most of the time when we read a story we believe what we are told - or we suspend our belief (as in the case of fantasy/paranormal/scifi/horror). So when Philip Pullman tells us about Lyra and her dæmon, we believe him (and, oh, don’t we want a dæmon of our own). When Stephen King tells us about a town with an invisible dome over it, we believe him, too. And when David Wroblewski offers us a mute hero and his marvelous dogs, we believe him, too. But sometimes, the narrator is not to be trusted.
This is the unreliable narrator. Here are two examples:
Mark Twain/Huckleberry Finn: Well, one thing was dead sure; and that was, Tom Sawyer was in earnest and was actuly [sic] going to help steal that nigger out of slavery. That was the thing that was too many for me. Here was a boy that was respectable, and well brung up; and he had a character to lose; and folks at home that had characters; and he was bright and not leather-headed; and knowing and not ignorant; and not mean, but kind; and yet here he was, without any more pride, or rightness, or feeling, than to stoop to this business, and make himself a shame, and his family a shame, before everybody. I couldn’t understand it, no way at all.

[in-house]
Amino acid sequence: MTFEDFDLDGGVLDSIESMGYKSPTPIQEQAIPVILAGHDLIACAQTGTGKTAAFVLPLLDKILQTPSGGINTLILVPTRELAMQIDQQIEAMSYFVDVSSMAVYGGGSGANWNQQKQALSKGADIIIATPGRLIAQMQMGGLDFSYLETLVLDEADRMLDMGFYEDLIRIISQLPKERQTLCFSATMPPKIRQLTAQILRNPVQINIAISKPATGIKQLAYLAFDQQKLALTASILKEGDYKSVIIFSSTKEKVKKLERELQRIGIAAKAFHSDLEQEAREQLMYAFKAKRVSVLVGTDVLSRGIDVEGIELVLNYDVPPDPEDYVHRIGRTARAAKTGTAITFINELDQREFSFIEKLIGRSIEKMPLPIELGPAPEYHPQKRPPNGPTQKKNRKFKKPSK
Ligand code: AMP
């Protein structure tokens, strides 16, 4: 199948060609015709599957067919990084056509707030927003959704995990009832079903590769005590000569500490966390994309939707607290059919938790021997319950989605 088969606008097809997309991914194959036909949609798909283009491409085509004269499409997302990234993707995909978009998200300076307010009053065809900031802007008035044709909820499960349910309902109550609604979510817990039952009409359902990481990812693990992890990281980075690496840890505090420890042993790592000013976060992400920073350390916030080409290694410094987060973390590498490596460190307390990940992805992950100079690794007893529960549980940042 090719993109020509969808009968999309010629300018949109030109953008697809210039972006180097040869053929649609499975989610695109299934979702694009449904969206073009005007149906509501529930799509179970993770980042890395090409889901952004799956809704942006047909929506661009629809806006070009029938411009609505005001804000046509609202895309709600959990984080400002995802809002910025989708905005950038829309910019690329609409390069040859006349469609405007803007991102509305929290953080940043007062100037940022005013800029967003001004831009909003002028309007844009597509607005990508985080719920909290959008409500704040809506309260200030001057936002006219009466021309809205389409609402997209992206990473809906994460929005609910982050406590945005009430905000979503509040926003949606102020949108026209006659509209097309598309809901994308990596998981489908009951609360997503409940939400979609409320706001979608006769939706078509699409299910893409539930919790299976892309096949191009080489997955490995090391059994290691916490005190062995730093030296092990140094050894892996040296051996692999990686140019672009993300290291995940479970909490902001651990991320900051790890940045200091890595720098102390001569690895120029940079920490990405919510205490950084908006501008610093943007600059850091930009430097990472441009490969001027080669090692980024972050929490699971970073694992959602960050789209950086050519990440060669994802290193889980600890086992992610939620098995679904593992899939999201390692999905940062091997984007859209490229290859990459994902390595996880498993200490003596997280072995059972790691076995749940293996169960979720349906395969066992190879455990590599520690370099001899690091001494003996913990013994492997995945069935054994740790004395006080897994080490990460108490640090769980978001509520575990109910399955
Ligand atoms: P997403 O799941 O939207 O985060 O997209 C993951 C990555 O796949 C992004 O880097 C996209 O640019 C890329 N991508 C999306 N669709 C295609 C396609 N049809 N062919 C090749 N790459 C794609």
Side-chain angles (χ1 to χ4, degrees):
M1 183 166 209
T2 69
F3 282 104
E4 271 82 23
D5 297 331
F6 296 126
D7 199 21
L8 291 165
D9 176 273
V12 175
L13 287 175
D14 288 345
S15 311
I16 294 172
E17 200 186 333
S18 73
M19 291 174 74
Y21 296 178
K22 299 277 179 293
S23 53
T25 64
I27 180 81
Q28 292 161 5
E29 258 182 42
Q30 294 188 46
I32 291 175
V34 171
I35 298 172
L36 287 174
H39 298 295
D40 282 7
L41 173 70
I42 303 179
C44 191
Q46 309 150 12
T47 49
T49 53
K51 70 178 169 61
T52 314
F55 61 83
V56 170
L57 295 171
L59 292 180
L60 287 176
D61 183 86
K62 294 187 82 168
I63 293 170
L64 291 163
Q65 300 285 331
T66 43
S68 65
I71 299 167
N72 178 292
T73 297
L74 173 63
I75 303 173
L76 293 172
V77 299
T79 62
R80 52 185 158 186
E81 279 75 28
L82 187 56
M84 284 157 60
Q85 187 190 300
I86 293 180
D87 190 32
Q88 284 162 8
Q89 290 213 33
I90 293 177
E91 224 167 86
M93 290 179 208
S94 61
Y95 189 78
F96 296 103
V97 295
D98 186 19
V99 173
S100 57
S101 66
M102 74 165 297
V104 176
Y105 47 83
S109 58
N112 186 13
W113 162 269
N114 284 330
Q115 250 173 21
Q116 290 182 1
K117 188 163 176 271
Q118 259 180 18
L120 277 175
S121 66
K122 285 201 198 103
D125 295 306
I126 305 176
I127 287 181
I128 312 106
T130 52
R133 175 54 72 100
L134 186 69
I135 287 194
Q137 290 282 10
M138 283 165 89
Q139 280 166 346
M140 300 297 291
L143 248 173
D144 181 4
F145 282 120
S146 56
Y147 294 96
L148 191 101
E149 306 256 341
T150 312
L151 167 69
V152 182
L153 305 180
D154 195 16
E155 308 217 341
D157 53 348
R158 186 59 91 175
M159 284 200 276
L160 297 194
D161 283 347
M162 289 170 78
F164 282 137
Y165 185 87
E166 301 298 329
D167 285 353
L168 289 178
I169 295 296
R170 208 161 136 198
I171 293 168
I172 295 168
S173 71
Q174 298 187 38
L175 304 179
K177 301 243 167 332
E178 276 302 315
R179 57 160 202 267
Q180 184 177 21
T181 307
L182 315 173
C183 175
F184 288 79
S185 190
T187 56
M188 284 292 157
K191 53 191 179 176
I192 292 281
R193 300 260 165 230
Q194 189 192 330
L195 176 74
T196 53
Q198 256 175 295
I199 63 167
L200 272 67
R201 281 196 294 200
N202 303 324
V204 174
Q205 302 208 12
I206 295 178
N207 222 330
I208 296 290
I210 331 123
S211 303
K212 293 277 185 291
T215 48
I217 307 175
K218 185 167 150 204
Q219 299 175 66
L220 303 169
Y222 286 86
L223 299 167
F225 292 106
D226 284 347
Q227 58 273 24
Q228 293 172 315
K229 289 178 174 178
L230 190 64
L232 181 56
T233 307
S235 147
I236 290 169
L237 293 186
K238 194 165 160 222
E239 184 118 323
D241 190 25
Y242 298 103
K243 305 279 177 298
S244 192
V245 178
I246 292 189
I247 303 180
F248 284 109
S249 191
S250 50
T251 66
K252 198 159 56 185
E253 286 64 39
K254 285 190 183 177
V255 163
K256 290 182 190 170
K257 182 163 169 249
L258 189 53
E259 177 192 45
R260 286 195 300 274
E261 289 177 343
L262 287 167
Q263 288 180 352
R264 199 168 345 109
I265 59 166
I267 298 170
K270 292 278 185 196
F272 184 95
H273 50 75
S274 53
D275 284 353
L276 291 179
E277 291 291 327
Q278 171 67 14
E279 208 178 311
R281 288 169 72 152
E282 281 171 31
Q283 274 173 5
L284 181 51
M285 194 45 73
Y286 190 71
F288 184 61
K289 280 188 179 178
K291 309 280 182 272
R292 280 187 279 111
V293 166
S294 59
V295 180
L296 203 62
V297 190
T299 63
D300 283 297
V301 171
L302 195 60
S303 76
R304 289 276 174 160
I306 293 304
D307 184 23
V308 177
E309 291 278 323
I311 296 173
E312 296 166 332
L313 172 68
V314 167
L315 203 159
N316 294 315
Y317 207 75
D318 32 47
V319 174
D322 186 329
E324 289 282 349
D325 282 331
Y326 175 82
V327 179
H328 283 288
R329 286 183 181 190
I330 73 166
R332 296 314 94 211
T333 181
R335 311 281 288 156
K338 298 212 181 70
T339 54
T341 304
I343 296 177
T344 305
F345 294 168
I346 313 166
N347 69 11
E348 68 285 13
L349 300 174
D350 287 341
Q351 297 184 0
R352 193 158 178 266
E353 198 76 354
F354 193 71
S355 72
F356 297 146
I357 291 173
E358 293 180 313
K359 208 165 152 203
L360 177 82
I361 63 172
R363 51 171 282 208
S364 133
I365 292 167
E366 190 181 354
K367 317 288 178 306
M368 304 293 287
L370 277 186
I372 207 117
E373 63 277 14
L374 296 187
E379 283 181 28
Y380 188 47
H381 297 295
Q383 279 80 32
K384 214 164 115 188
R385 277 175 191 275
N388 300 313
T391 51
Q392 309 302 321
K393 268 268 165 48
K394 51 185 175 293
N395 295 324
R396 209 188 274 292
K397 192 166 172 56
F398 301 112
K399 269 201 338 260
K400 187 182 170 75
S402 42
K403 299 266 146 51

Ken Kelsey/One Flew Over the Cuckoo’s Nest: They’re mopping when I come out of the dorm, all three of them sulky and hating everything, the time of day, the place they’re at here, the people they got to work around. When they hate like this, better if they don’t see me. I creep along the wall quiet as dust in my canvas shoes, but they got special sensitive equipment detects my fear and they all look up, all three at once, eyes glittering out of the black faces like the hard glitter of radio tubes out of the back of an old radio.
Can you think of a third example?